Insulin potentiation therapy (IPT) is based on the assumption that intravenous insulin increases the effect of medications so that lower doses of these medications can be used.  Advocates of IPT suggest that insulin "opens the pores" of cells throughout the body allowing certain drugs to enter more easily.  While treatment of cancer is the main focus of IPT, this approach has also been employed for other diseases.

Lasalvia-Prisco et al (2004) noted that it has been reported that insulin increases the cytotoxic effect (in-vitro) of methotrexate by as much as 10,000-fold.  In a prospective, randomized clinical trial, these researchers examined the clinical value of insulin as a potentiator of methotrexate.  A total of 30 women with metastatic breast cancer resistant to fluorouracil + adriamycin + cyclophosphamide and also resistant to hormone therapy with measurable lesions were included in this study.  Three groups each of 10 patients received two 21-day courses of the following treatments: insulin + methotrexate, methotrexate, and insulin, respectively.  In each patient, the size of the target tumor was measured before and after treatment according to the RECIST (Response Evaluation Criteria In Solid Tumors).  The changes in the size of the target tumor in the 3 groups were compared statistically.  Under the trial conditions, the methotrexate-treated group and the insulin-treated group responded most frequently with progressive disease.  The group treated with insulin + methotrexate responded most frequently with stable disease.  The median increase in tumor size was significantly lower with insulin + methotrexate than with each drug used separately.  These findings confirmed in-vivo the results of previous in-vitro studies showing clinical evidence that insulin potentiates methotrexate under conditions where insulin alone does not promote an increase in tumor growth.  Therefore, the chemotherapy anti-tumoral activity must have been enhanced by the biochemical events elicited in tumor cells by insulin.  The authors concluded that in multidrug-resistant metastatic breast cancer, methotrexate + insulin produced a significant anti-tumoral response that was not seen with either methotrexate or insulin used separately.  These findings need to be validated by well-designed studies with larger sample size and longer follow-up.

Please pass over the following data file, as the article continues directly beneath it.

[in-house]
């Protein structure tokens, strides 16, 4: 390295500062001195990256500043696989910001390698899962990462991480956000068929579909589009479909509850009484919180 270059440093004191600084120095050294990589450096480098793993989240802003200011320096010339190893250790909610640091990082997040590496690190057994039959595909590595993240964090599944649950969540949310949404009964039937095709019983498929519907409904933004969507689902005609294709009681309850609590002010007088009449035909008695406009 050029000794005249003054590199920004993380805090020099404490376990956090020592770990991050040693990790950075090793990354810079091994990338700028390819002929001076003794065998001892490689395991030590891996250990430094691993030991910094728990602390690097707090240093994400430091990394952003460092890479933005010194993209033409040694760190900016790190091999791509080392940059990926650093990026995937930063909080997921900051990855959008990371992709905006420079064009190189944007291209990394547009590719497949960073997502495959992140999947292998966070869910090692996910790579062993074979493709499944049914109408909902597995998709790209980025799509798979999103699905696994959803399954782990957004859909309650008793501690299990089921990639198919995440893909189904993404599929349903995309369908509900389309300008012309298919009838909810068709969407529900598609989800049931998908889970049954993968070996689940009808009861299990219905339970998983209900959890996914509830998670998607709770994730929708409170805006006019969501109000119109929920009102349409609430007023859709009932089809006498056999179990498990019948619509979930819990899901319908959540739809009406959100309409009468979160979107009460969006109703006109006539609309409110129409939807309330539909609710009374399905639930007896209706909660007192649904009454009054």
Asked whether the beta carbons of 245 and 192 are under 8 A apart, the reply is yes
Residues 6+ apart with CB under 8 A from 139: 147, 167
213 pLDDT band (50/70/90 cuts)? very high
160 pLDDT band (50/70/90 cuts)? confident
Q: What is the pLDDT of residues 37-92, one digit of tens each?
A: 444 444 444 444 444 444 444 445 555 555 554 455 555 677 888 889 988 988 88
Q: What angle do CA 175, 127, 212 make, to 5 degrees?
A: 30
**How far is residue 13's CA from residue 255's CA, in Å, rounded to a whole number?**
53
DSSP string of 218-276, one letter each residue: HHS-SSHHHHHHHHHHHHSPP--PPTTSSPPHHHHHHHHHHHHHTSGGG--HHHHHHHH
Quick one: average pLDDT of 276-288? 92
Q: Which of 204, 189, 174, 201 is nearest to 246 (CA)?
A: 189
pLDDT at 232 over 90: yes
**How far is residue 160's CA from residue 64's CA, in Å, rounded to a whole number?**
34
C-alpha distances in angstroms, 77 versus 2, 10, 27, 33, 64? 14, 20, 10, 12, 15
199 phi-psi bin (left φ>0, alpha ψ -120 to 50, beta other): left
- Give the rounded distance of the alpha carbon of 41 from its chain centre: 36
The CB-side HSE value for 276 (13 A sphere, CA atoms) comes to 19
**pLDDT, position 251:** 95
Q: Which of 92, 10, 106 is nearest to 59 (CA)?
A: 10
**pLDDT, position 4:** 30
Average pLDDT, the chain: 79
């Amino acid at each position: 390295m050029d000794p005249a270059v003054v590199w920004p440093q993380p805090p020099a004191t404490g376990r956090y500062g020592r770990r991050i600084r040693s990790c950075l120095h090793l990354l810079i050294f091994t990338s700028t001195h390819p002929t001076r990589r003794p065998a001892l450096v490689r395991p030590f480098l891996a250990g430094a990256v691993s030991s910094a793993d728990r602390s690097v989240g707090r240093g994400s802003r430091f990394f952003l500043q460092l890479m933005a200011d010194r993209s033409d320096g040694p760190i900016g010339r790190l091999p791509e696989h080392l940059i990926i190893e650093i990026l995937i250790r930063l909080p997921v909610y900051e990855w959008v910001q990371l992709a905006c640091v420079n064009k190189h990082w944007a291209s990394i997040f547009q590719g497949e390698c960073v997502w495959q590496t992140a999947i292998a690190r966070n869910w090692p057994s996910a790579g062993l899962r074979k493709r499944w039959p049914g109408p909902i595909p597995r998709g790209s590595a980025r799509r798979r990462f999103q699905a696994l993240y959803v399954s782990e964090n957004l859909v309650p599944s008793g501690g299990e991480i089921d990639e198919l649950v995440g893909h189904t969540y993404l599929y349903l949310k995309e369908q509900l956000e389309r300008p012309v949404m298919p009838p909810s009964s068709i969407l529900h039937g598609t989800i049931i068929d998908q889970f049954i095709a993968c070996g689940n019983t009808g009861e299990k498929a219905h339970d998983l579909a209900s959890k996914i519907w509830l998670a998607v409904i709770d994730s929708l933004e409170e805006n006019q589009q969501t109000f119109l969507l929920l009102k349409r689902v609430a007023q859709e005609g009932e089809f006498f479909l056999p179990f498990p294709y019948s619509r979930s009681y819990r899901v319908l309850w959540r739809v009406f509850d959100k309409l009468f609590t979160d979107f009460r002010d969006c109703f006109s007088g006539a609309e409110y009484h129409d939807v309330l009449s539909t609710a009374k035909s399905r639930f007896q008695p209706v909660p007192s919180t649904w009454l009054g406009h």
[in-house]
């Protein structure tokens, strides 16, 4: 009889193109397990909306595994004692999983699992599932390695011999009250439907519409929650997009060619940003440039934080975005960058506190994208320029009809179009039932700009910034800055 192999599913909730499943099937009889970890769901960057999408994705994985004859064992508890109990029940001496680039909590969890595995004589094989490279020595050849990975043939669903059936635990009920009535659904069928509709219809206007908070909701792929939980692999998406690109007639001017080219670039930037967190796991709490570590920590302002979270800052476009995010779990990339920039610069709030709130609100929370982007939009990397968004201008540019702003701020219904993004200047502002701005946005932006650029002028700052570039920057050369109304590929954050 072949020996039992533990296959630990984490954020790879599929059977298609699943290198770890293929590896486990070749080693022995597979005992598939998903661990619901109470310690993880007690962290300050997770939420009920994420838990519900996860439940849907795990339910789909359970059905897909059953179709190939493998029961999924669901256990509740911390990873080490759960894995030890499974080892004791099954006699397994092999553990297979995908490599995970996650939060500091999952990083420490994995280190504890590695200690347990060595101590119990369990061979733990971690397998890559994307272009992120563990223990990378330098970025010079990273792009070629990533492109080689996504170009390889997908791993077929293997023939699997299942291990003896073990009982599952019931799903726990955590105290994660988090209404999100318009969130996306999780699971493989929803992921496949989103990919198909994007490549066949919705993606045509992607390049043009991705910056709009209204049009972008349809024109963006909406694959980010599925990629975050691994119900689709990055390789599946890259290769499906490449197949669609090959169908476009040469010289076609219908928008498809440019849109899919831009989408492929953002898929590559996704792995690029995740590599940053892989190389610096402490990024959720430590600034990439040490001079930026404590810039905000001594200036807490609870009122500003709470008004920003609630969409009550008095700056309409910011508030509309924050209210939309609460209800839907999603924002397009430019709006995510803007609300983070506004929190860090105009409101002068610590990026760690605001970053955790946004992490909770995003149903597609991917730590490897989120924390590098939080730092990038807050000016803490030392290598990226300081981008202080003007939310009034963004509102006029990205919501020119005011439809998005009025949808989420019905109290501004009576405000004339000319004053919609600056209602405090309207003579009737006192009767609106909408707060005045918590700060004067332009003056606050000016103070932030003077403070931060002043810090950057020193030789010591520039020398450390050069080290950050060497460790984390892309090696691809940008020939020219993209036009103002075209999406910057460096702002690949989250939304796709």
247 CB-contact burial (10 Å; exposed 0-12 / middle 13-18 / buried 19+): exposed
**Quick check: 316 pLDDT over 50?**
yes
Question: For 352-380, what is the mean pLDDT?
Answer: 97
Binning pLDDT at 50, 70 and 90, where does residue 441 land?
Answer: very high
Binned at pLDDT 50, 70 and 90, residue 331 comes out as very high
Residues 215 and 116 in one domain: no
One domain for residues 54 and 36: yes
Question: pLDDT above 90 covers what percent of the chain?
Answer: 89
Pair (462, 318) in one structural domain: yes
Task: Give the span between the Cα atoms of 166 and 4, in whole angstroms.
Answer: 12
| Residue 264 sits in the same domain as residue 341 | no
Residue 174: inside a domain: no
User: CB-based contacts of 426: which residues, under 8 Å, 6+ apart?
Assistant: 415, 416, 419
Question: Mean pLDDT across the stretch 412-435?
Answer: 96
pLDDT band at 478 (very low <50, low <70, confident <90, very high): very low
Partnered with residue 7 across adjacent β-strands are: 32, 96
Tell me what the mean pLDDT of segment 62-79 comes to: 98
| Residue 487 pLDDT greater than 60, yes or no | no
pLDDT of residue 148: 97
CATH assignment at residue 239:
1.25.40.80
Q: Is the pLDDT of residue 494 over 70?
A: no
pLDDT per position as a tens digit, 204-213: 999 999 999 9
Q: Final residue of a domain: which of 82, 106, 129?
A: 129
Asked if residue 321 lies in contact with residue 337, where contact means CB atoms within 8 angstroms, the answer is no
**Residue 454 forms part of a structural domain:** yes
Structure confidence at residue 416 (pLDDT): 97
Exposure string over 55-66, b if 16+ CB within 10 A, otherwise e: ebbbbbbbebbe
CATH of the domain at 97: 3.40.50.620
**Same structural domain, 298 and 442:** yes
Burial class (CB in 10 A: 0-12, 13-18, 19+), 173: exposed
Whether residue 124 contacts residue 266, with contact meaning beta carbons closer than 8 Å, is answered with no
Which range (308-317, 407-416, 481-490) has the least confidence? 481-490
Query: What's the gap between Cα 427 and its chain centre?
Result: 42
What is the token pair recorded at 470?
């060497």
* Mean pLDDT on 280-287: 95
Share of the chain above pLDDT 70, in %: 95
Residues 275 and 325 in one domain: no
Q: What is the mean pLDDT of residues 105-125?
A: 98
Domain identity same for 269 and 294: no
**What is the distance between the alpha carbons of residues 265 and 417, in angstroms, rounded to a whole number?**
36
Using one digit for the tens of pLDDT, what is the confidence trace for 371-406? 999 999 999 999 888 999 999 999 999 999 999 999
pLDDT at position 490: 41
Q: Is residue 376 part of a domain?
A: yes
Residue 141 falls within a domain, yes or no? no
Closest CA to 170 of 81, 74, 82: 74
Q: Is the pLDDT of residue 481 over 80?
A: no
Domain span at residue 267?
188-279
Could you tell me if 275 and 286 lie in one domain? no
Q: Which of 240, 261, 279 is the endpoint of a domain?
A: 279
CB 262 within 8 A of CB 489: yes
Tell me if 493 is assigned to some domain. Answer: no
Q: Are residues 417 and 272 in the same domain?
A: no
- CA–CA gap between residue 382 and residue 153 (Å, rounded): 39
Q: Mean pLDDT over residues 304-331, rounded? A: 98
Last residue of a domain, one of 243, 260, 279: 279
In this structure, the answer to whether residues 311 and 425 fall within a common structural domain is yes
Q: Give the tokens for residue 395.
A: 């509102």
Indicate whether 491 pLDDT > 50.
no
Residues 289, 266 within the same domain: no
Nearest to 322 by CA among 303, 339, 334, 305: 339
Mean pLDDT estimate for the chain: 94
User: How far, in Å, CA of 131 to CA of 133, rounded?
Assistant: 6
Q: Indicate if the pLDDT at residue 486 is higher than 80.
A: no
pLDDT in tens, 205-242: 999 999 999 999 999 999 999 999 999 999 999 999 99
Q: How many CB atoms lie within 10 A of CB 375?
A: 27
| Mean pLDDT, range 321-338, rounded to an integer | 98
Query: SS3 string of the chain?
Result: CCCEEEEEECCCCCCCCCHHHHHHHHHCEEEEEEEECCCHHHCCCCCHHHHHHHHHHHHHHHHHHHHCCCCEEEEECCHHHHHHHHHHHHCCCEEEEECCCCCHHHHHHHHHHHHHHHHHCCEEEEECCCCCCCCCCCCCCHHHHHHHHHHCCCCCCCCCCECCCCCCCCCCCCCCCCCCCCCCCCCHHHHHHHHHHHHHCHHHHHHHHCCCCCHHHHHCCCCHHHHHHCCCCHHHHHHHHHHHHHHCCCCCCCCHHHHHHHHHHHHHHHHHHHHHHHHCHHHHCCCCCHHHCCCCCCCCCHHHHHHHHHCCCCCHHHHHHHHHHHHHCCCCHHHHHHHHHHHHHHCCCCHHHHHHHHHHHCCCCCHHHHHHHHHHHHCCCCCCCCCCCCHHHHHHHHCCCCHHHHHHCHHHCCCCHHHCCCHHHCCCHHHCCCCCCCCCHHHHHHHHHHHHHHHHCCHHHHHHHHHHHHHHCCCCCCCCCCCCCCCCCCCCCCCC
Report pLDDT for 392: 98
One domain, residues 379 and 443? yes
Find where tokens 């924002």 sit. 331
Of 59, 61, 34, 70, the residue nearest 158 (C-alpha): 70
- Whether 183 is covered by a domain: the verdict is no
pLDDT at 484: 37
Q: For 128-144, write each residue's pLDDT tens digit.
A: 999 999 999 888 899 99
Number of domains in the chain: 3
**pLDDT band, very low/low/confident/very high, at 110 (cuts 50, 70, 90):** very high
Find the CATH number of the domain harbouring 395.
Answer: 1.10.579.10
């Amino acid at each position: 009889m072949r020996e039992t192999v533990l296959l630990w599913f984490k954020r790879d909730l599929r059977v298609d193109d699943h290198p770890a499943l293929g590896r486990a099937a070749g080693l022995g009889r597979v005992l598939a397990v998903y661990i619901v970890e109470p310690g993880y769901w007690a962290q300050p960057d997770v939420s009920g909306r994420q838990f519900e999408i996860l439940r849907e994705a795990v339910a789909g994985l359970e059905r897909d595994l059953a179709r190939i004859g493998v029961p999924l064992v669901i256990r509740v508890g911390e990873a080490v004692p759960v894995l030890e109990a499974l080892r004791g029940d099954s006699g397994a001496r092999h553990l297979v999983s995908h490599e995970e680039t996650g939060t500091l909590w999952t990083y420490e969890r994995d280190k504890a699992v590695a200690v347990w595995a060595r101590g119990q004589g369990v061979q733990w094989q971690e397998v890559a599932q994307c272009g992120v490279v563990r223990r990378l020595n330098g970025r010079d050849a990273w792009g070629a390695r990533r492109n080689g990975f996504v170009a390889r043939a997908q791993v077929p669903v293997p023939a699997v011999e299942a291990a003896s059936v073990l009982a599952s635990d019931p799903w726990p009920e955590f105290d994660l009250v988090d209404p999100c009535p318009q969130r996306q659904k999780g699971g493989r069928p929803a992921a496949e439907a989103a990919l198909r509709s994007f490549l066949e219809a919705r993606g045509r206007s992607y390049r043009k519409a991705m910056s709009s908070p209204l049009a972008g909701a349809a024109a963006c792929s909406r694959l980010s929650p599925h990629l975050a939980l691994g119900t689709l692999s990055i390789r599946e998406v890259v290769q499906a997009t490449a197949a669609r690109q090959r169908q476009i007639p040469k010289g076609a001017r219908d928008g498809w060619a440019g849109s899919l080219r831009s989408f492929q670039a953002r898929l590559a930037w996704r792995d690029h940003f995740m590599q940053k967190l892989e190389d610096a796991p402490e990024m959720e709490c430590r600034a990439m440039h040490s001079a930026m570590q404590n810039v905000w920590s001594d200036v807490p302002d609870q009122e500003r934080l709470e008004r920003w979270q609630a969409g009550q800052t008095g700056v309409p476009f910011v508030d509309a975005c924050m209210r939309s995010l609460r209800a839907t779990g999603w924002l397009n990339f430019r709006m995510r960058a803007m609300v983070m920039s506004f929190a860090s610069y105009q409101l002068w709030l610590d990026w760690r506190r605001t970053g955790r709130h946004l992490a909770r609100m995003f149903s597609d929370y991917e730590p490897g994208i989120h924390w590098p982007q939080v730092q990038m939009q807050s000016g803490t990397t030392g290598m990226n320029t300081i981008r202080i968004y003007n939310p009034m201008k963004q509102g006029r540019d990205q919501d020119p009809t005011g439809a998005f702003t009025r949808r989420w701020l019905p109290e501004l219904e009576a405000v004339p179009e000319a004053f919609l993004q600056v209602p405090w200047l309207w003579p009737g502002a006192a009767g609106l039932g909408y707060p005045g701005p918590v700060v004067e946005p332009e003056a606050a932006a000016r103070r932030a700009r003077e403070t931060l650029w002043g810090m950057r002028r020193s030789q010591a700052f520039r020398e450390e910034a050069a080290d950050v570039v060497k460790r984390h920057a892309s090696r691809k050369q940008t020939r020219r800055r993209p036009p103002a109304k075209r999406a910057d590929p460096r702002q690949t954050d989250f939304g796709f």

The American Cancer Society (2008) noted that 1 very small published study on IPT was done in Uruguay.  It included 30 women with breast cancer that was resistant to mainstream therapies.  Of these women, 10 received insulin, 10 took methotrexate, and 10 received IPT using both drugs.  After 8 weeks, researchers reported that the women in the IPT group had smaller increases in tumor size than either of the other groups.  Even though they used lower doses of methotrexate than usual, there were some side effects (mouth sores) noted in the IPT group.  This study did not look at survival, quality of life, well-being, or lasting effects.  No long-term improvements were shown by this study.  Most of the information about IPT comes from individual reports.  Even among those, however, there is no evidence that individuals who reported being helped by IPT were followed for long enough to learn whether the treatment worked.  Despite supporters' claims that IPT has been well-researched, no scientific studies that show safety and effectiveness have been published in available peer-reviewed journals.  These claims cannot be verified.  Furthermore, there are concerns about using lower doses of chemotherapy drugs.  When chemotherapy drugs are tested in clinical trials, their effects are carefully monitored to learn which dose will best balance the need to kill cancer cells with the goal of keeping side effects at a tolerable level.  There is no evidence that chemotherapy at a fraction of the recommended and tested dose can produce the same effect as the full dose if used with insulin.

Damyanov et al (2012) evaluated the results and quality of life of patients with resistant of castration-resistant tumors previously treated with IPT combined with hormone therapy.  A total of 16 patients with metastasis prostate tumors after bilateral castration, androgenic blockade, and progression of the disease were observed during the study.  The patients were divided into 2 groups: (i)  group A consisting of 8 patients treated with low-dose chemotherapy epirubicin, vinblastine, and cyclophosphamide combined with luteinizing hormone releasing hormone (LHRH) agonist; and (ii) group B consisting of another 8 patients treated with low-dose chemotherapy docetaxel combined with LHRH agonist.  The overall (groups A and B) results concerning prostate specific antigens after the 6th IPT showed partial effect in 8 out of 16 (50 %) patients, stabilization in 4 out of 16 (25 %), and progression in 4 out of 16 (25 %).  The median survival for all treated patients is 11.7 months (range of 3 to 30 months).  During the treatment no significant side effects were observed, and no lethal cases occurred.  The authors concluded that despite the small number of the treated patients with castration-resistant prostate tumors, the preliminary results were promising; giving hope and expectations for future serious multi-center research over the possibilities for routine implementation of low-dose IPT.

 
CPT Codes / HCPCS Codes / ICD-9 Codes
There are no specific codes for intermittent intravenous insulin therapy (also known as hepatic activation therapy, metabolic activation therapy, pulsatile intravenous insulin therapy and pulse insulin therapy):
CPT codes not covered for indications listed in the CPB [when performed in the context of intermittent intravenous insulin therapy]:
82947 Glucose; quantitative, blood (except reagent strip)
82948 Glucose; blood, reagent strip
82950     post glucose dose (includes glucose)
84132 Potassium; serum, plasma or whole blood
84133 Potassium; urine
84540 Urea nitrogen, urine
HCPCS codes not covered for indications listed in the CPB: